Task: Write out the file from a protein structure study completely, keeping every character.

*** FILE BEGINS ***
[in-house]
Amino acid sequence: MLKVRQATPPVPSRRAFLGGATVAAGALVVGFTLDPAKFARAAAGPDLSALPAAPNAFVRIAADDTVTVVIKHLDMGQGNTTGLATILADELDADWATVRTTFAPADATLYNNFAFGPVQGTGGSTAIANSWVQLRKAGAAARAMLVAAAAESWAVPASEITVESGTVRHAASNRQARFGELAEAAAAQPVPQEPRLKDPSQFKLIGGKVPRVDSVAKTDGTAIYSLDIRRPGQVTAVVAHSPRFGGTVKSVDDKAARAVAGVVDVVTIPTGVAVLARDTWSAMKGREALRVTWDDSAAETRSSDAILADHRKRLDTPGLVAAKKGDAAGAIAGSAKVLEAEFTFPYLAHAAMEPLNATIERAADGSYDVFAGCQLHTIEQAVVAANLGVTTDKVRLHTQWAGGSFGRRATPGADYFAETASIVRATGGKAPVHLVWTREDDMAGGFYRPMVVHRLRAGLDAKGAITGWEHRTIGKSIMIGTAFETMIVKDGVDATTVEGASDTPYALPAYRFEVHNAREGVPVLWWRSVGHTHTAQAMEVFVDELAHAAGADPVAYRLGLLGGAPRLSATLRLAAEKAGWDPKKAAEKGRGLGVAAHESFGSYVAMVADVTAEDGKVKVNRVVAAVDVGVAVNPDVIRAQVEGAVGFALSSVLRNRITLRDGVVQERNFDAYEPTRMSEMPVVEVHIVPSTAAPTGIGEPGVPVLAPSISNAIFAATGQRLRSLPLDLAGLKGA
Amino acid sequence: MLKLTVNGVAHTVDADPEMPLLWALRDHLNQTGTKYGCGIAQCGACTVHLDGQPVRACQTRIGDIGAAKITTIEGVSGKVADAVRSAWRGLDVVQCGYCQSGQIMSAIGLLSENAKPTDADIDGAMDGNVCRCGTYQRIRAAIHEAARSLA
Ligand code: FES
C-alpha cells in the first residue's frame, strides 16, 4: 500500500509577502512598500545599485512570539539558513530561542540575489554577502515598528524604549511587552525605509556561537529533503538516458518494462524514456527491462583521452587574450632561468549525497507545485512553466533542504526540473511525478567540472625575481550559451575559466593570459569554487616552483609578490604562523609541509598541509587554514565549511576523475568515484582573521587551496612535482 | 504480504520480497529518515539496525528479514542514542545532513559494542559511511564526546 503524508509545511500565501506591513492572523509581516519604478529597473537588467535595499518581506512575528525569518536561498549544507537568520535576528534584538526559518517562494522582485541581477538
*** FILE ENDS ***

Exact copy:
[in-house]
Amino acid sequence: MLKVRQATPPVPSRRAFLGGATVAAGALVVGFTLDPAKFARAAAGPDLSALPAAPNAFVRIAADDTVTVVIKHLDMGQGNTTGLATILADELDADWATVRTTFAPADATLYNNFAFGPVQGTGGSTAIANSWVQLRKAGAAARAMLVAAAAESWAVPASEITVESGTVRHAASNRQARFGELAEAAAAQPVPQEPRLKDPSQFKLIGGKVPRVDSVAKTDGTAIYSLDIRRPGQVTAVVAHSPRFGGTVKSVDDKAARAVAGVVDVVTIPTGVAVLARDTWSAMKGREALRVTWDDSAAETRSSDAILADHRKRLDTPGLVAAKKGDAAGAIAGSAKVLEAEFTFPYLAHAAMEPLNATIERAADGSYDVFAGCQLHTIEQAVVAANLGVTTDKVRLHTQWAGGSFGRRATPGADYFAETASIVRATGGKAPVHLVWTREDDMAGGFYRPMVVHRLRAGLDAKGAITGWEHRTIGKSIMIGTAFETMIVKDGVDATTVEGASDTPYALPAYRFEVHNAREGVPVLWWRSVGHTHTAQAMEVFVDELAHAAGADPVAYRLGLLGGAPRLSATLRLAAEKAGWDPKKAAEKGRGLGVAAHESFGSYVAMVADVTAEDGKVKVNRVVAAVDVGVAVNPDVIRAQVEGAVGFALSSVLRNRITLRDGVVQERNFDAYEPTRMSEMPVVEVHIVPSTAAPTGIGEPGVPVLAPSISNAIFAATGQRLRSLPLDLAGLKGA
Amino acid sequence: MLKLTVNGVAHTVDADPEMPLLWALRDHLNQTGTKYGCGIAQCGACTVHLDGQPVRACQTRIGDIGAAKITTIEGVSGKVADAVRSAWRGLDVVQCGYCQSGQIMSAIGLLSENAKPTDADIDGAMDGNVCRCGTYQRIRAAIHEAARSLA
Ligand code: FES
C-alpha cells in the first residue's frame, strides 16, 4: 500500500509577502512598500545599485512570539539558513530561542540575489554577502515598528524604549511587552525605509556561537529533503538516458518494462524514456527491462583521452587574450632561468549525497507545485512553466533542504526540473511525478567540472625575481550559451575559466593570459569554487616552483609578490604562523609541509598541509587554514565549511576523475568515484582573521587551496612535482 | 504480504520480497529518515539496525528479514542514542545532513559494542559511511564526546 503524508509545511500565501506591513492572523509581516519604478529597473537588467535595499518581506512575528525569518536561498549544507537568520535576528534584538526559518517562494522582485541581477538